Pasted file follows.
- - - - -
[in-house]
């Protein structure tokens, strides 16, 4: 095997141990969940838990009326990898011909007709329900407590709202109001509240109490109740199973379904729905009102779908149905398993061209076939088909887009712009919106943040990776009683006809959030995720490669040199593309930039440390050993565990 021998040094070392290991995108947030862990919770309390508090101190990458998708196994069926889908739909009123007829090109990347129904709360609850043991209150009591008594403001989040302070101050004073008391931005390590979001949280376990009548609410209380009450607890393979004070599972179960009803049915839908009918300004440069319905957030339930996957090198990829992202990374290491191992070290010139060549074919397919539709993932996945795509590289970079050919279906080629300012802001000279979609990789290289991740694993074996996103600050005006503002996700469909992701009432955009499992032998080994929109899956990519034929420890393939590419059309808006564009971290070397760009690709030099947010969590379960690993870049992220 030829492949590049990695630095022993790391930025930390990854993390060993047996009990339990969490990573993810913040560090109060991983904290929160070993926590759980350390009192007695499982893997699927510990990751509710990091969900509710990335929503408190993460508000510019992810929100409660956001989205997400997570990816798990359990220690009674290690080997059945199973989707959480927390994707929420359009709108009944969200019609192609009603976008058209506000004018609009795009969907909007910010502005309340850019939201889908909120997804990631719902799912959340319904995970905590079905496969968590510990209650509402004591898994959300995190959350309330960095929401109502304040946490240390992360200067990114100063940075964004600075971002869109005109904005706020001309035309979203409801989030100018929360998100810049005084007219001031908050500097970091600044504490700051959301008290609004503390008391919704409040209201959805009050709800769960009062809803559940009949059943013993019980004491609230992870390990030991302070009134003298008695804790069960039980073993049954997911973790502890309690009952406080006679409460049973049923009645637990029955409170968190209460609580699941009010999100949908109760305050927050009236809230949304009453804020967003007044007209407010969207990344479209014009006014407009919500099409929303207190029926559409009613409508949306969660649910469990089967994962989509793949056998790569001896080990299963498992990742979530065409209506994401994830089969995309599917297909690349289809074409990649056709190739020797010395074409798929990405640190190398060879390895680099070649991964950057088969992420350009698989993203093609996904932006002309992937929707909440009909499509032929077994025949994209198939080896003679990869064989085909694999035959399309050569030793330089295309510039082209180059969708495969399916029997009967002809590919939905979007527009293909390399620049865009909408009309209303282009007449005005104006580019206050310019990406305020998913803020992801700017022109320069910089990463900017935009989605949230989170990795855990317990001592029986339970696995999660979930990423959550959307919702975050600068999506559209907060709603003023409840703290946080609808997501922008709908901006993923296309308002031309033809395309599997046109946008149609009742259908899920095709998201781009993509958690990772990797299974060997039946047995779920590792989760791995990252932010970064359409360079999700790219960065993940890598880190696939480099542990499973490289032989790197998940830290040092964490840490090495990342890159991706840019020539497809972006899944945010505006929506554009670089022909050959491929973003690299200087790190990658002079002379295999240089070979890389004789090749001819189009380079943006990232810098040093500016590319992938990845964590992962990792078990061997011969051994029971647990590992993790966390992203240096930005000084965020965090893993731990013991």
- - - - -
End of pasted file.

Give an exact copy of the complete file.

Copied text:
[in-house]
């Protein structure tokens, strides 16, 4: 095997141990969940838990009326990898011909007709329900407590709202109001509240109490109740199973379904729905009102779908149905398993061209076939088909887009712009919106943040990776009683006809959030995720490669040199593309930039440390050993565990 021998040094070392290991995108947030862990919770309390508090101190990458998708196994069926889908739909009123007829090109990347129904709360609850043991209150009591008594403001989040302070101050004073008391931005390590979001949280376990009548609410209380009450607890393979004070599972179960009803049915839908009918300004440069319905957030339930996957090198990829992202990374290491191992070290010139060549074919397919539709993932996945795509590289970079050919279906080629300012802001000279979609990789290289991740694993074996996103600050005006503002996700469909992701009432955009499992032998080994929109899956990519034929420890393939590419059309808006564009971290070397760009690709030099947010969590379960690993870049992220 030829492949590049990695630095022993790391930025930390990854993390060993047996009990339990969490990573993810913040560090109060991983904290929160070993926590759980350390009192007695499982893997699927510990990751509710990091969900509710990335929503408190993460508000510019992810929100409660956001989205997400997570990816798990359990220690009674290690080997059945199973989707959480927390994707929420359009709108009944969200019609192609009603976008058209506000004018609009795009969907909007910010502005309340850019939201889908909120997804990631719902799912959340319904995970905590079905496969968590510990209650509402004591898994959300995190959350309330960095929401109502304040946490240390992360200067990114100063940075964004600075971002869109005109904005706020001309035309979203409801989030100018929360998100810049005084007219001031908050500097970091600044504490700051959301008290609004503390008391919704409040209201959805009050709800769960009062809803559940009949059943013993019980004491609230992870390990030991302070009134003298008695804790069960039980073993049954997911973790502890309690009952406080006679409460049973049923009645637990029955409170968190209460609580699941009010999100949908109760305050927050009236809230949304009453804020967003007044007209407010969207990344479209014009006014407009919500099409929303207190029926559409009613409508949306969660649910469990089967994962989509793949056998790569001896080990299963498992990742979530065409209506994401994830089969995309599917297909690349289809074409990649056709190739020797010395074409798929990405640190190398060879390895680099070649991964950057088969992420350009698989993203093609996904932006002309992937929707909440009909499509032929077994025949994209198939080896003679990869064989085909694999035959399309050569030793330089295309510039082209180059969708495969399916029997009967002809590919939905979007527009293909390399620049865009909408009309209303282009007449005005104006580019206050310019990406305020998913803020992801700017022109320069910089990463900017935009989605949230989170990795855990317990001592029986339970696995999660979930990423959550959307919702975050600068999506559209907060709603003023409840703290946080609808997501922008709908901006993923296309308002031309033809395309599997046109946008149609009742259908899920095709998201781009993509958690990772990797299974060997039946047995779920590792989760791995990252932010970064359409360079999700790219960065993940890598880190696939480099542990499973490289032989790197998940830290040092964490840490090495990342890159991706840019020539497809972006899944945010505006929506554009670089022909050959491929973003690299200087790190990658002079002379295999240089070979890389004789090749001819189009380079943006990232810098040093500016590319992938990845964590992962990792078990061997011969051994029971647990590992993790966390992203240096930005000084965020965090893993731990013991």